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Today's Stichomancy for David Boreanaz

The first excerpt represents the past or something you must release, and is drawn from Mansfield Park by Jane Austen:

Crawford now at the rapid rate in which their correspondence had begun; Mary's next letter was after a decidedly longer interval than the last, but she was not right in supposing that such an interval would be felt a great relief to herself. Here was another strange revolution of mind! She was really glad to receive the letter when it did come. In her present exile from good society, and distance from everything that had been wont to interest her, a letter from one belonging to the set where her heart lived, written with affection, and some degree of elegance, was thoroughly acceptable. The usual plea of increasing

Mansfield Park
The second excerpt represents the present or the deciding factor of the moment, and is drawn from Alexander's Bridge by Willa Cather:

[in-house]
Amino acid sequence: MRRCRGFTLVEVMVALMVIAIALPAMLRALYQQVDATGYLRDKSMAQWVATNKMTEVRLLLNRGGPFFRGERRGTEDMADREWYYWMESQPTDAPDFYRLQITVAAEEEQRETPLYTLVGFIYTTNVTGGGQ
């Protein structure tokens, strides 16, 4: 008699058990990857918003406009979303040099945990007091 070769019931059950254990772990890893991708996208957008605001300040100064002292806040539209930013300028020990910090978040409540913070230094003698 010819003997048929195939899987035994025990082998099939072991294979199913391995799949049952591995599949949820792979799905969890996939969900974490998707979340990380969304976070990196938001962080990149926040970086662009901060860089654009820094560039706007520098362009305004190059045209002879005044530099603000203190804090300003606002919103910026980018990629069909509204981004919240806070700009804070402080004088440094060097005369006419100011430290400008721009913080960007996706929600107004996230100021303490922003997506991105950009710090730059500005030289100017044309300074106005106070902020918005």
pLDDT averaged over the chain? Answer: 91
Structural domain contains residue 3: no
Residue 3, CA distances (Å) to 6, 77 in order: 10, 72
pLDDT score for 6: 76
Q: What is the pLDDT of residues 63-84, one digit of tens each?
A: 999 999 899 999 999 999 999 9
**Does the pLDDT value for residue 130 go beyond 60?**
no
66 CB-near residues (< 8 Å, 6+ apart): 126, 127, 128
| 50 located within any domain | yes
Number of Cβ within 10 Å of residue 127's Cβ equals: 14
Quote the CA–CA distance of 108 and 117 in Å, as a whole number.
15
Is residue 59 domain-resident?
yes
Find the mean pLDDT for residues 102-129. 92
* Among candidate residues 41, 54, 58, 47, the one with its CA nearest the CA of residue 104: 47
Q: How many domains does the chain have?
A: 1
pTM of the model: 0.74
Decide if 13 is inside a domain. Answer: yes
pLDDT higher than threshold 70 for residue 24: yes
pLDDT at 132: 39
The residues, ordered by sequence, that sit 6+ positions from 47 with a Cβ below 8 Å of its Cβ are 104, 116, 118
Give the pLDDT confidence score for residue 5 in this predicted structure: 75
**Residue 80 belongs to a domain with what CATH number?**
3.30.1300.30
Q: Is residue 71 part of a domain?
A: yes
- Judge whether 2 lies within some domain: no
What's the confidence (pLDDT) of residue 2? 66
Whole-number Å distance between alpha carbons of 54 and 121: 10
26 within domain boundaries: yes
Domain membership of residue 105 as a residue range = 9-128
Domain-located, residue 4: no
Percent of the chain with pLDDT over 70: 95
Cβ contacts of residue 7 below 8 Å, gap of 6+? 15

that I'm terribly frightened? I've been through this a hundred times to-day. Don't be any more angry than you can help. I was all right until I knew you were in town. If you'd sent me a note, or telephoned me, or anything! But you won't let me write to you, and I had to see you after that letter, that terrible letter you wrote me when you got home."

Alexander faced her, resting his arm on the mantel behind him, and began to brush the sleeve of his jacket. "Is this the way you

Alexander's Bridge
The third excerpt represents the future or something you must embrace, and is drawn from Marie by H. Rider Haggard:

others noted from afar and followed--or because in an unknown way warning of their danger had been conveyed to them, they were flying higher and faster than the first arrivals.

"You will have the worst of it, Allan," said Retief. "It should have been shot and shot about."

"Perhaps," I answered, "but that can't be helped now."

Then I rose from my stool, the rifle in my hand. I had not long to wait, for presently over came a wedge of geese nearly a hundred yards up. I aimed at the first fellow, holding about eight yards ahead of him to allow for his pace, and pressed. Next second I heard the clap of the bullet, but alas! it had only struck the outstretched beak, of which a